Academic journal article Academy of Entrepreneurship Journal

A Success Factor Analysis of Public Research Institutions' Commercialization with Technology Investment as Equity: 'Research Institute Spin-Off Company' Programme in Korea

Academic journal article Academy of Entrepreneurship Journal

A Success Factor Analysis of Public Research Institutions' Commercialization with Technology Investment as Equity: 'Research Institute Spin-Off Company' Programme in Korea

Article excerpt

ABSTACT

As the technology innovation in a country is deemed as a source of economic growth, policymakers are focusing on how to commercialize the developed technologies and create economic values. In Korea, 'the research institute spin-off companies (RISCs)' are the commercial companies which universities or public research institutions (PRIs) invest technologies in-kind and, therefore, participate in founding and operating by holding their equity. As such, they are regarded as ways for these institutions to keep their non-profit status and, at the same time, pursue proactive commercialization of the technologies that they developed. In this analysis, we will review the theoretical background and characteristics of these spin-offs and show that they are outperforming technology start-ups with high R&D intensity with less than 5 years since their foundation, in terms of turnover and employment. Furthermore, by reviewing the case studies, we will show that the success factors are technologies, cohesive team works of the public research institutions, managerial support from the parent companies and constant support of the Innopolis system in Korea. Especially, it is emphasized that the investment of technologies in kind and the locations in Innopolis are the institutional framework which strengthens the cohesive team works between the spin-offs and PRIs. Finally, we propose the policies which can promote the spin-offs which are deemed as the very foundation of 'Creative Economy', the top agenda of President Park Geun Hye's administration in Korea.

Key words: technology commercialization, equity investment of technology, public research institution, research institute spin-off companies

INTRODUCTION

As the technology innovation in a country is deemed as a source of economic growth, policy-makers are focusing on how to commercialize the developed technologies and create economic values. Especially as the private companies are reluctant to solely bear the risks of R&D activities, the direct governmental investments on R&D as well as their supports on the private R&D are well justified. In this context, many researches have actively reviewed the role of the public research (for example, see OECD, 2013). It is shown through many researches (Adams, 1990; Cohen et al., 2002; Mansfield, 1991) that the public research can play very important role in national economies and their systems of innovation. Mansfield (1991) estimated that the 10% of the innovation activities would have been delayed without public research.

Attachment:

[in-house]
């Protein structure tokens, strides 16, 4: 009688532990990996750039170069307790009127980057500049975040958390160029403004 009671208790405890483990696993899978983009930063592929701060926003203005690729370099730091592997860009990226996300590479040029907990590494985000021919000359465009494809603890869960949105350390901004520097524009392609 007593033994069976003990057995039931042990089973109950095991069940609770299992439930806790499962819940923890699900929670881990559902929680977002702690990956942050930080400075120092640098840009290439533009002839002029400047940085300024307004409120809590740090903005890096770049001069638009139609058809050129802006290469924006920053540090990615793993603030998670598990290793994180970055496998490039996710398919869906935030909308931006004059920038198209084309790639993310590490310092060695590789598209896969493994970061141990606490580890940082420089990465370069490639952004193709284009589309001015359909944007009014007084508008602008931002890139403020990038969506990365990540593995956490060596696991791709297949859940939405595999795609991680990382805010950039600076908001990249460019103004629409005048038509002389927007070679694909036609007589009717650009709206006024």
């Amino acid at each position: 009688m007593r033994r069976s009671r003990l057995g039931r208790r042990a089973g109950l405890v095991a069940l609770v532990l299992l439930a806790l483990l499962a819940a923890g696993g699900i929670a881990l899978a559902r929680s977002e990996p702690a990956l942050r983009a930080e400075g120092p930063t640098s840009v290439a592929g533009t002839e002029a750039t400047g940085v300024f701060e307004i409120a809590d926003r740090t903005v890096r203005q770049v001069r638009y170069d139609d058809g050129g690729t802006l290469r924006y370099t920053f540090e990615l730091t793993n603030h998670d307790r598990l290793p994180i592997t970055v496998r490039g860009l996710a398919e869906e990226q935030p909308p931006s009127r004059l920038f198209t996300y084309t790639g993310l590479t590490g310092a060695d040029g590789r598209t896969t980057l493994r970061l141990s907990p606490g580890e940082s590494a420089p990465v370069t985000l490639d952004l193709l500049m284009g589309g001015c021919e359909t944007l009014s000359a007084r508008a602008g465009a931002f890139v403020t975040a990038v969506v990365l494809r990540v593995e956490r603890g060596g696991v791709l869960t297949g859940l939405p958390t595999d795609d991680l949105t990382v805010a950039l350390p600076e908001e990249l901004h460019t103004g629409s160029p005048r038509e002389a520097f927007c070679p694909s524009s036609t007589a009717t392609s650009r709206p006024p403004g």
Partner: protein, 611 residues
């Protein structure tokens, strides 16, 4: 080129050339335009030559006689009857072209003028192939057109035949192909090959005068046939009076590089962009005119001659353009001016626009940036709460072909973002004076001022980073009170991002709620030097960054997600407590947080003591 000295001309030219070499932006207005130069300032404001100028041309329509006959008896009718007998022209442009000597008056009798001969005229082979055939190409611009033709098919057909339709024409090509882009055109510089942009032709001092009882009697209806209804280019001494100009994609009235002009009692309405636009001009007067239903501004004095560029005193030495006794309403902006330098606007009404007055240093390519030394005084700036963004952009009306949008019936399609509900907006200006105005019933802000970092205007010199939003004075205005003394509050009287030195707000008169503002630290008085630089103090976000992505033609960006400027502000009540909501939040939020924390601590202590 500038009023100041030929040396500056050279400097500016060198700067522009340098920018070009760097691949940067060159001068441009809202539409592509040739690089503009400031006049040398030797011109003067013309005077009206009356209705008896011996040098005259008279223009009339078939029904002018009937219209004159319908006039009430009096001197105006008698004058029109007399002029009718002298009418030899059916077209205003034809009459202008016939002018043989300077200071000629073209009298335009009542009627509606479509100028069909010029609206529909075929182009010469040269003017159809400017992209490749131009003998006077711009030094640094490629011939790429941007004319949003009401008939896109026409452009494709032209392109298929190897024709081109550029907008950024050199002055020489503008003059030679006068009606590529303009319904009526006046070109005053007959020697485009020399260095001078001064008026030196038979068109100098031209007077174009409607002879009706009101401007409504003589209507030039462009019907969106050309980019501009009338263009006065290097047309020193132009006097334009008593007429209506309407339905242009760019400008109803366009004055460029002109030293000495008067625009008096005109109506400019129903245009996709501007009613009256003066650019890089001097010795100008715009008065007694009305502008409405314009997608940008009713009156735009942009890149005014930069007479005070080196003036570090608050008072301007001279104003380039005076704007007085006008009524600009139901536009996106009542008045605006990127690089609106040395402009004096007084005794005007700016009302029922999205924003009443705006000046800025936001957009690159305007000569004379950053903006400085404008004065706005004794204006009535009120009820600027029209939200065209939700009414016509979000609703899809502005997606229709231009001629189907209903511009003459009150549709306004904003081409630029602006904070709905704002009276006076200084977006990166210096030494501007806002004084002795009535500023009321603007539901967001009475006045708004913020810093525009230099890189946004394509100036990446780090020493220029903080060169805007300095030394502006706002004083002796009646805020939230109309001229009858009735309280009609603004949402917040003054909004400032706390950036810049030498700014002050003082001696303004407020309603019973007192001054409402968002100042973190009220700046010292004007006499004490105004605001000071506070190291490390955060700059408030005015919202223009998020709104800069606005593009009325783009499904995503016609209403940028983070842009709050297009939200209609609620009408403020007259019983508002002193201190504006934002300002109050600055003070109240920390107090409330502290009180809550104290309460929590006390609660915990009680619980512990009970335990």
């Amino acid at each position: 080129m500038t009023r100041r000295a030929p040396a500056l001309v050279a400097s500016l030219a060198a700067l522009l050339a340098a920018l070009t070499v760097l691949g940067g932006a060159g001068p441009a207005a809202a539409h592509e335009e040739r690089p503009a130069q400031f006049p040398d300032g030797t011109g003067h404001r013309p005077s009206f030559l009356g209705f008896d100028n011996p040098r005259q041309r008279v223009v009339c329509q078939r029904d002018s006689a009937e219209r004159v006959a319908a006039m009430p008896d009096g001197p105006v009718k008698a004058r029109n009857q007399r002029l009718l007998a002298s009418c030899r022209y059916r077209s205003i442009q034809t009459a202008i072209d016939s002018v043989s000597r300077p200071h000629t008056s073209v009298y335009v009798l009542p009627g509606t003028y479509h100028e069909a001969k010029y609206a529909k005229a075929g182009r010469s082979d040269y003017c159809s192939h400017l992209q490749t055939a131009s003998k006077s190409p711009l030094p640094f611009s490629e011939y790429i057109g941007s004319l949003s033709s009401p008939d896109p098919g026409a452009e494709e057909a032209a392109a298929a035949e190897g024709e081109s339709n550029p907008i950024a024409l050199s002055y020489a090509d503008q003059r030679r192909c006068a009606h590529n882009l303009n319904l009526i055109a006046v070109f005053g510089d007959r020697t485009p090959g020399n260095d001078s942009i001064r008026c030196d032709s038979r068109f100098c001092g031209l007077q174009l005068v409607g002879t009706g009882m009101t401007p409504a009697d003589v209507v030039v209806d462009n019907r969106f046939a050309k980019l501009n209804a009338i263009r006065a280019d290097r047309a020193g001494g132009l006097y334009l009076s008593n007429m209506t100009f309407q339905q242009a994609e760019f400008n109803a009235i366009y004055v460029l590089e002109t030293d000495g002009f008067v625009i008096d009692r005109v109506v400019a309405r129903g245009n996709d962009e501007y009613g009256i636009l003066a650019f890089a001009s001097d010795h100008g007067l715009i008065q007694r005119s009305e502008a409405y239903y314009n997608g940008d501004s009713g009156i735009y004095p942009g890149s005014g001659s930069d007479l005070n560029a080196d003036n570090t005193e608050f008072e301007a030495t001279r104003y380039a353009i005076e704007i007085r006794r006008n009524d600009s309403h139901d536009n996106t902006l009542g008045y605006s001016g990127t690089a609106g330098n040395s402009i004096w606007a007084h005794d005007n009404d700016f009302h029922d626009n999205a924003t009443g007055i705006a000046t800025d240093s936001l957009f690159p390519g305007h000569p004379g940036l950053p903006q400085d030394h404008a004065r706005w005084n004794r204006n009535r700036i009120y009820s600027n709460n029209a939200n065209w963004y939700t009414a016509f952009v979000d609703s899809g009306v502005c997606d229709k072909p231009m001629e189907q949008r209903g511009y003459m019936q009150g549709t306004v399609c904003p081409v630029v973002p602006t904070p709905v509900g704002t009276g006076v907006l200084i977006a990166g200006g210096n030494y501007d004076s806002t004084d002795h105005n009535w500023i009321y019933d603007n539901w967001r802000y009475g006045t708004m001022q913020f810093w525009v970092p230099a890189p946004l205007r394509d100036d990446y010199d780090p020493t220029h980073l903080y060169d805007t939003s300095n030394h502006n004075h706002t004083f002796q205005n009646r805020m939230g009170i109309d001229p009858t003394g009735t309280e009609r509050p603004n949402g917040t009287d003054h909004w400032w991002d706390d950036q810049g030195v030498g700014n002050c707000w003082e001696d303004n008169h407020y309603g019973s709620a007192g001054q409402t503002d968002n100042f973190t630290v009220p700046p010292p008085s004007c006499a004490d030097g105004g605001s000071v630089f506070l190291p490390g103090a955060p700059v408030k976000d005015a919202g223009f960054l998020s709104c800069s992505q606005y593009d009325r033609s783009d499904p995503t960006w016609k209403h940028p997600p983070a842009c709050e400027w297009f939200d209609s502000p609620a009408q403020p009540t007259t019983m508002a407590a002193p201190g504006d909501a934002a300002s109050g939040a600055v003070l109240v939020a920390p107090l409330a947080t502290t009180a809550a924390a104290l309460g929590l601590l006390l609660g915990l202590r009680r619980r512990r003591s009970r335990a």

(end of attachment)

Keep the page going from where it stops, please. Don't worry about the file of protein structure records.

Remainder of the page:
The ones who conduct public researches can be universities or public research institutions (PRIs). The PRIs can be defined as non-profit organizations which get government support for the public good. As such, they conduct R&D activities in basic sciences, public technologies in the area where the market fails (Laredo & Mustar, 2004; Senker & Balaz et al., 1999; Cho et al., 2007; Ha & Kim, 2009). Even though the studies on PRIs are relatively rare so far, Arnold et al. (2007) and Suzuki et al. (2014) have shown that these PRIs contribute to the system of innovation by complimenting the research capacities of the private companies and by sharing the risks that inevitably accompanies the innovation.

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Recently, however, policy concerns have been raised about the overall decline of results in patents and licensing of universities and PRIs. OECD (2013) pointed out that annual average growth of new patents declined from 11.8% during 2001 and 2005 to 1.3% between 2006 and 2010 in universities. For the same period, their annual average growth in PRIs decreased even more from 5.3% to -1.3%. The number of new patents and licensing in the PRIs in the USA which has the largest government R&D budget in the world just slightly increased during the period from 2008 to 2012 (NIST, 2014).

In this context, it is argued that public researches should be able to deliver bigger socioeconomic outcomes (OECD, 2013) and that PRIs can lose their relevance to innovation without fully utilizing their commercial potentials (Foray et al,. …

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